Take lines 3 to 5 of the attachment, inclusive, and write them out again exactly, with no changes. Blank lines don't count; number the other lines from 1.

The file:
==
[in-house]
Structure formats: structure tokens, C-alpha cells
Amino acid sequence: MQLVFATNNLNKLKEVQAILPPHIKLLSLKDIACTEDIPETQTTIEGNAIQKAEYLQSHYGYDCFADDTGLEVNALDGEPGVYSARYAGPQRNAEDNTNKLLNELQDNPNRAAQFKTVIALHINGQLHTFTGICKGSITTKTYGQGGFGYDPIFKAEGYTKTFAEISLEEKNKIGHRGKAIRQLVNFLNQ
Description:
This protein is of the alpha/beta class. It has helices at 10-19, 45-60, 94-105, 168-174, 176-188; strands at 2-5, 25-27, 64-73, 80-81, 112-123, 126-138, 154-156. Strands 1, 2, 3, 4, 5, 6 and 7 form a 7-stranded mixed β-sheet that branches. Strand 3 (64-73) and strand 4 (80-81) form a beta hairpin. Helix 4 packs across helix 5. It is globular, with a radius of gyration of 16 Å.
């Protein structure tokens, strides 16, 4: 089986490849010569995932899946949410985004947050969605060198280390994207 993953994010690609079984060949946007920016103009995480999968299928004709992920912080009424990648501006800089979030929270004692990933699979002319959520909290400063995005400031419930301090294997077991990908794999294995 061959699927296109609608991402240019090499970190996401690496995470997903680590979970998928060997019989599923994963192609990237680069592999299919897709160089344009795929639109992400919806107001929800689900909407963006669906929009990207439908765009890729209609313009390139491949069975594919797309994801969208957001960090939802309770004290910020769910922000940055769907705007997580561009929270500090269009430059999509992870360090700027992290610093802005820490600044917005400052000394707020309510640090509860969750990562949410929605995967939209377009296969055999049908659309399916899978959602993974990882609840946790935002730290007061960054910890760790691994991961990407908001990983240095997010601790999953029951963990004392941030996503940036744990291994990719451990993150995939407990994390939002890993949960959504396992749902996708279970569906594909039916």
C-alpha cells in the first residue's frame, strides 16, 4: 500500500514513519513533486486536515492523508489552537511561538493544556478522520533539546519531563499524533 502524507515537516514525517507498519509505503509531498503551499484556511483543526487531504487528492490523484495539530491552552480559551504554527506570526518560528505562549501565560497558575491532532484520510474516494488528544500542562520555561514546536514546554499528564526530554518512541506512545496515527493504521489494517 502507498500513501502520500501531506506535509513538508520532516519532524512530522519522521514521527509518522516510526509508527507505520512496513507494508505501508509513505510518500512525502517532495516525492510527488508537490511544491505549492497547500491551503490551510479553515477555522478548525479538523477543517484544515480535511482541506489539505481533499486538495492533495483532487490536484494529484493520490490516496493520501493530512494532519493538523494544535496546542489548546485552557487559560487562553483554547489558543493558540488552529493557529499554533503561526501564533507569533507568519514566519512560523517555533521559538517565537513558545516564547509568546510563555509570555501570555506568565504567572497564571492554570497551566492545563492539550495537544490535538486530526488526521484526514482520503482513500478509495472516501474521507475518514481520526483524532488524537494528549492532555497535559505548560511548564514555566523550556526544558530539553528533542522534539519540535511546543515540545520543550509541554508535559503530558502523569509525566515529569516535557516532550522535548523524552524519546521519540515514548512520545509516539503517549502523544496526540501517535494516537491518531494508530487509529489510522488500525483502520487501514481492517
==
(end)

Amino acid sequence: MQLVFATNNLNKLKEVQAILPPHIKLLSLKDIACTEDIPETQTTIEGNAIQKAEYLQSHYGYDCFADDTGLEVNALDGEPGVYSARYAGPQRNAEDNTNKLLNELQDNPNRAAQFKTVIALHINGQLHTFTGICKGSITTKTYGQGGFGYDPIFKAEGYTKTFAEISLEEKNKIGHRGKAIRQLVNFLNQ
Description:
This protein is of the alpha/beta class. It has helices at 10-19, 45-60, 94-105, 168-174, 176-188; strands at 2-5, 25-27, 64-73, 80-81, 112-123, 126-138, 154-156. Strands 1, 2, 3, 4, 5, 6 and 7 form a 7-stranded mixed β-sheet that branches. Strand 3 (64-73) and strand 4 (80-81) form a beta hairpin. Helix 4 packs across helix 5. It is globular, with a radius of gyration of 16 Å.